NBC’s ‘Dateline: Haunting Images’ features how Gregory Mordick was convicted almost three decades after his wife, Katherine Mordick, was found with her throat slit inside her Ridgecrest house in Anaheim Hills, California, in late January 1983. However, Gregory maintained his innocence throughout his trial and sentencing. If you’re interested in learning more, including how the police arrested Gregory after so many years, we’ve your back. Let’s dive in then, shall we?
Who Is Gregory Mordick?
William Gregory Mordick and Katherine “Kit” Mordick first encountered each other while working together at the “It’s A Small World” attraction in California’s Disneyland. William was known for being reserved and bashful but had a strong passion for cooking and sewing. He often shared stories about his experiences in Vietnam and his college education. Kit was drawn to him, and they tied the knot in 1977. Their marital life led to the birth of two daughters, and they settled down at South Ridgecrest Circle in Anaheim Hills in Orange County, California.
A few years into the marriage, Kit started working as a “food stylist,” staging food for print advertisements and commercials. Meanwhile, William struggled to earn a living as a photographer. Court records maintain he stayed at home with his daughters and was not “working outside the house very much at all” towards the end of the marriage. However, the wedding was in the doldrums when Kit started having an affair with Henry Bjoin, a photographer with whom she worked.
Reports claimed the cracks became apparent when the Mordicks were helping Kit’s sister, Donna O’Connell Bjoin, and her erstwhile husband shift in October 1982. Hearing one of the daughters scream, Donna ran inside the condominium and claimed to see William holding Kit by the shoulders and shaking her. After that incident, they were separated, with him moving out of the Ridgecrest house. After their separation, William and Kit shared the custody of their daughters, with him visiting the girls on alternate weekends.
During one such visit in December 1982, Donna claimed to have witnessed another such violent incident where William was allegedly on Kit and “striking her, hitting her, and pounding her.” On January 4, 1983, Kit’s attorney filed for the Mordick marriage dissolution. Hence, it was shocking when Kit’s brother, Joseph O’Connell, and her former lover, Henry Bjoin, found Kit’s body with her throat slit inside her dining room around 10:30 pm on January 23, 1983. The police found an unopened letter addressed to William on a table.
While the crime scene was staged to make it look like a robbery and sexual assault, the investigators quickly focused on William. However, he claimed he last saw his estranged wife on January 22, when he had gone to her house to pick up the couple’s daughters for the weekend. According to William, he picked up the girls around 10 am and drove to a birthday party in Huntington Beach — hosted by his friend, Jana Johnson — and then to his parents’ Poway house. The police interviewed witnesses attending the party to learn he looked happy and helpful.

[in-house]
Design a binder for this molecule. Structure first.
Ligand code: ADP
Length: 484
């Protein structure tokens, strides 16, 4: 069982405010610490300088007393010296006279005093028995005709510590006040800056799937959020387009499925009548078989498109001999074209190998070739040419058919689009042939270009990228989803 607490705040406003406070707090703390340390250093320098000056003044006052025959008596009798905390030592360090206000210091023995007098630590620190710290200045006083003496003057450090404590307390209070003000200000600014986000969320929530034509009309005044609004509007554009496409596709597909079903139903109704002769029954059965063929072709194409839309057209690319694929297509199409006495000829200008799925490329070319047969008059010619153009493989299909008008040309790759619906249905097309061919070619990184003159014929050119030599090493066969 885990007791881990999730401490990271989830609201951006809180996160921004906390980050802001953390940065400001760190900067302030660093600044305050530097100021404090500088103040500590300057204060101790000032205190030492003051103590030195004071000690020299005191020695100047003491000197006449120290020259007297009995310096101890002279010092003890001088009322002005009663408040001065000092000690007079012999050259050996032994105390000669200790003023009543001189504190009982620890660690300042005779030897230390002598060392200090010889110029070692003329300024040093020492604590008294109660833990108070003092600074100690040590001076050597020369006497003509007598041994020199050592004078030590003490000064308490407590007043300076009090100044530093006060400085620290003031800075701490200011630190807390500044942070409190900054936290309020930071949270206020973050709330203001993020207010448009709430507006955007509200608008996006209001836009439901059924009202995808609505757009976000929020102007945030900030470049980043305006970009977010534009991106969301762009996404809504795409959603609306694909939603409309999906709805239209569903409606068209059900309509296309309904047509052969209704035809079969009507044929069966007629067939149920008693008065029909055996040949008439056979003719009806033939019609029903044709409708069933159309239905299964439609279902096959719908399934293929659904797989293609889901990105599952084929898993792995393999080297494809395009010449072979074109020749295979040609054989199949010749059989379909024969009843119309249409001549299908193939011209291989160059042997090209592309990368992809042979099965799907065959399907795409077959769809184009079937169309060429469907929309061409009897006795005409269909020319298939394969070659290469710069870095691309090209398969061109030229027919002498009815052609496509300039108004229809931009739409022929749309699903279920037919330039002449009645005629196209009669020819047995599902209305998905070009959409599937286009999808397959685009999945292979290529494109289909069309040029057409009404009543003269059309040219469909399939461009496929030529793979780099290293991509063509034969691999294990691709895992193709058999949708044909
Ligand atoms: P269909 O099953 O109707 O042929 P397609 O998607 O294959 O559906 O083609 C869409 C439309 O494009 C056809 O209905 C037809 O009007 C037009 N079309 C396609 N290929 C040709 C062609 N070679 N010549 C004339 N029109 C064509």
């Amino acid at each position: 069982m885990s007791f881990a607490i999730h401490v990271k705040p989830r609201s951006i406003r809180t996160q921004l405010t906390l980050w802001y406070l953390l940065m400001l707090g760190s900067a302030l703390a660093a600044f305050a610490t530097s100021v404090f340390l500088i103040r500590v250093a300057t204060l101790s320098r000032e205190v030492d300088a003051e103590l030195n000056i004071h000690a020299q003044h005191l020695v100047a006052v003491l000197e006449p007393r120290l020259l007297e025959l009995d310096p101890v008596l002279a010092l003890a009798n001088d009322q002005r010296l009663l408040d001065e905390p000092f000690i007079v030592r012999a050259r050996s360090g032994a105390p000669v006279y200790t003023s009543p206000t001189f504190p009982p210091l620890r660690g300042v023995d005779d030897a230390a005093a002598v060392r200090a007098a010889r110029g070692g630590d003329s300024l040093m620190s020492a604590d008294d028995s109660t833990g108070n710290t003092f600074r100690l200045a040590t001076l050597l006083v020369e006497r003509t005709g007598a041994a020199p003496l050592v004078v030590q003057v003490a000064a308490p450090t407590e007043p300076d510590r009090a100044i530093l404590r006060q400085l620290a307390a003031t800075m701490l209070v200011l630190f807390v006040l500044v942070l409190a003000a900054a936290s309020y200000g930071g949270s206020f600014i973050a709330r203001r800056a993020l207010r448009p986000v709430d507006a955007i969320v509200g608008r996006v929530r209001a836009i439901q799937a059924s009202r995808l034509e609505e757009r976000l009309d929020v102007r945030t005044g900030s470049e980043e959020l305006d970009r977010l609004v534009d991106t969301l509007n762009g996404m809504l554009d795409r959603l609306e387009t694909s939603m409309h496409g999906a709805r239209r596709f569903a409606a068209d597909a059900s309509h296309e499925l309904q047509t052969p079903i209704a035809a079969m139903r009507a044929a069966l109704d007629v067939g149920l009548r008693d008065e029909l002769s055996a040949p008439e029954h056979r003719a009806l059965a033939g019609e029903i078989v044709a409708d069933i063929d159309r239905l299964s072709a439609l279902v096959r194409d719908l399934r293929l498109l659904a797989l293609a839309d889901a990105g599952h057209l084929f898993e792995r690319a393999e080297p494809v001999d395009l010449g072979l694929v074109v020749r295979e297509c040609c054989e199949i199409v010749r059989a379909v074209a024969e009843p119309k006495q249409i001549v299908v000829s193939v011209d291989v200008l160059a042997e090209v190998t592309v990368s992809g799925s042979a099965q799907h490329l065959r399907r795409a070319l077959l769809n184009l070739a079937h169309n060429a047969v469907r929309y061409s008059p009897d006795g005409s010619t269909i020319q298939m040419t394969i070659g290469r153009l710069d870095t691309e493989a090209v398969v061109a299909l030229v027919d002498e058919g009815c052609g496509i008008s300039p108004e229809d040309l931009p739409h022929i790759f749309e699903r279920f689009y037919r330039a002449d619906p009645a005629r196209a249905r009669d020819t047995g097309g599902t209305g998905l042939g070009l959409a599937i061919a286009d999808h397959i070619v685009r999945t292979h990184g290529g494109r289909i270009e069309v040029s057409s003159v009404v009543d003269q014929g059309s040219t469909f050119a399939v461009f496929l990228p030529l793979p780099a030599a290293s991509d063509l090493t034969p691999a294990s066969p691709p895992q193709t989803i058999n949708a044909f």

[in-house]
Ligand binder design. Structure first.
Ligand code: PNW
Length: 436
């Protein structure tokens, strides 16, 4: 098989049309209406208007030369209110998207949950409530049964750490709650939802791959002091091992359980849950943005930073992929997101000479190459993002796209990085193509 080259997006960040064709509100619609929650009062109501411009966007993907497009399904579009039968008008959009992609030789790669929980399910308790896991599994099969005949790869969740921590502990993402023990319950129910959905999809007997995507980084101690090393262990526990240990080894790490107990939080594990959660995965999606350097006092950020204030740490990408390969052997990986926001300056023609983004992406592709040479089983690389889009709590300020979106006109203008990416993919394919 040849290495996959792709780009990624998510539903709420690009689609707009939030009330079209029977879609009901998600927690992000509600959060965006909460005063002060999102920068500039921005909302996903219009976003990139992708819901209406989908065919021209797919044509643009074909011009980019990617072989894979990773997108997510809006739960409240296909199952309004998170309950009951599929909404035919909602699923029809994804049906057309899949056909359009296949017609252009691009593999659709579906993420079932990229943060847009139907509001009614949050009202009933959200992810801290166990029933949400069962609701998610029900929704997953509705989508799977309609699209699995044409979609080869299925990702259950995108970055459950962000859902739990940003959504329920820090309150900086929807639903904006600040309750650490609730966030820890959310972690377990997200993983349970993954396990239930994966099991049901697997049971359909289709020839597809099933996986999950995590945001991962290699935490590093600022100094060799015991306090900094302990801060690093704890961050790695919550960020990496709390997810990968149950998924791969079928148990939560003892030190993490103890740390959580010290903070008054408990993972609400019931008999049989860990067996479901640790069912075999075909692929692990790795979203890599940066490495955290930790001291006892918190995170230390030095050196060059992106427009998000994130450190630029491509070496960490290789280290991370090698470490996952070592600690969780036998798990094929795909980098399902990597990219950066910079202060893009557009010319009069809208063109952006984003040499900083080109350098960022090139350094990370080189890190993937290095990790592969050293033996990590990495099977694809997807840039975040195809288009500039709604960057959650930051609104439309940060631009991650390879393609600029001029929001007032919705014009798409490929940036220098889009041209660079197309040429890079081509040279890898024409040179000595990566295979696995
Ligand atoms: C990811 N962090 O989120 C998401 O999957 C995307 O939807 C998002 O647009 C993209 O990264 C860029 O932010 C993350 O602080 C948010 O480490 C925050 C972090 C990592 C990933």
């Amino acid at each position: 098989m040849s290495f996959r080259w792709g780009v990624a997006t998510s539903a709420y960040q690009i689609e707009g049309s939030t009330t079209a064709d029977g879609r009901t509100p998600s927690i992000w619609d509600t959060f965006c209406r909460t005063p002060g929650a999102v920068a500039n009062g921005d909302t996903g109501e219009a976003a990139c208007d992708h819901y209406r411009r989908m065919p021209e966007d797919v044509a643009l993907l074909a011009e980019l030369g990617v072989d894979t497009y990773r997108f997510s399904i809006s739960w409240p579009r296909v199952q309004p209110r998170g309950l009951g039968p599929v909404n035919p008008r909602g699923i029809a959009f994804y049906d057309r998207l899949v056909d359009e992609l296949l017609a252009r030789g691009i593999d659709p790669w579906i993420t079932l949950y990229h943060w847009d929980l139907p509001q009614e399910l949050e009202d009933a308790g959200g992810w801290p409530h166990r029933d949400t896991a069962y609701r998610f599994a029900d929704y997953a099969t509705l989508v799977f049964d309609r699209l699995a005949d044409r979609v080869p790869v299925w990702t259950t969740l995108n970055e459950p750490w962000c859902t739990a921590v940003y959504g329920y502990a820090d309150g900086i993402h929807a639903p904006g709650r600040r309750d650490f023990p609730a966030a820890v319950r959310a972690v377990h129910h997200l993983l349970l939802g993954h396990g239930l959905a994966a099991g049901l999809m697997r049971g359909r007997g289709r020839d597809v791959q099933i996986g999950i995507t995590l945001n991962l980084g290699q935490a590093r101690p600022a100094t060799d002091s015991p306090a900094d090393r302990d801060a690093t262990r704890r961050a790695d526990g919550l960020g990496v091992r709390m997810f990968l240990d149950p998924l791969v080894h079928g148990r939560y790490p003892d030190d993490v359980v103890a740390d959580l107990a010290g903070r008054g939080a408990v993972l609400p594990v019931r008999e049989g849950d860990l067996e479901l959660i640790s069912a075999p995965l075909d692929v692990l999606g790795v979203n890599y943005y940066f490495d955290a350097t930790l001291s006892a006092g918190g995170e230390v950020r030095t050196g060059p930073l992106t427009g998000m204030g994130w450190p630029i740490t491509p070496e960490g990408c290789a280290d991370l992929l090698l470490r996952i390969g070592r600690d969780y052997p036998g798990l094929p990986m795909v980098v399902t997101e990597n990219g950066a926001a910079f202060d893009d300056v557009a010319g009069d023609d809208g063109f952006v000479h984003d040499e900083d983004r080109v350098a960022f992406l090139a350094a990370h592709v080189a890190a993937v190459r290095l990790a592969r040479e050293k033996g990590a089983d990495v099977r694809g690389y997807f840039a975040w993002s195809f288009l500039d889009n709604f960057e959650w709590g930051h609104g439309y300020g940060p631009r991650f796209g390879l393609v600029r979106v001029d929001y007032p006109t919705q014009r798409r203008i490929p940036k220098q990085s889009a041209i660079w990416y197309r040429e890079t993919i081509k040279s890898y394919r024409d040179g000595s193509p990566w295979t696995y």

Where Is Gregory Mordick Now?
The detectives collected blood samples from the crime scene but were never tested due to a lack of forensic technology in 1983. Meanwhile, Donna claimed Kit had gone through William’s journals to find he had lied about serving time in Vietnam and his college degree. When confronted with the statements, he claimed he had lied because he “didn’t fit in at Disneyland very well” and was seen as unusual for his hobbies like sewing. However, the autopsy report stated she had been killed in the afternoon or evening on January 22.
With William attending the party in that time frame, the police could not link him to the murder, and the case lost steam by 1983 spring. He moved with his daughters to Spokane, Washington, and opened his photography studio. After the case was re-opened, the investigators found his six journals, where he had talked about how painful it would be to be separated from his girls after his divorce and physically assaulting Kit during an altercation weeks before her death.
Forensic experts found William’s DNA on the rear sliding glass door, closet door knob, plastic bag inside the closet, and powder room sink of the Ridgecrest house. He was arrested in 2008 and charged with first-degree murder with special circumstances. The prosecution alleged he wanted his wife dead to avoid paying her approximately $124,000 in child support over 16 years. However, William’s defense alleged incompetency on the investigators’ part, citing how a vial of William’s blood had broken open and seeped onto evidence packaging.
The defense attorneys pointed the finger at Kit’s former lover, Henry, who married her sister, Donna, within a year after the murder. They presented Donna’s former husband, who dismissed the claim of William assaulting Kit in October 1982, alleging she never helped them to shift. They also pointed out how the autopsy report initially stated she was killed when William was at the party, with the corner later admitting she could have also been murdered at 10:00 am — when William went to pick up the girls.
William’s defense counsel also stated how he looked normal at the party he attended, supposedly after murdering his wife, and the lack of blood on his clothes. Despite the first trial ending in a hung jury, a second jury found William guilty of first-degree murder in October 2010. However, they dismissed the special circumstance charge, and he, then 64, was sentenced to 25 years to life in January 2011. His adult daughters support their father’s claims of being innocent.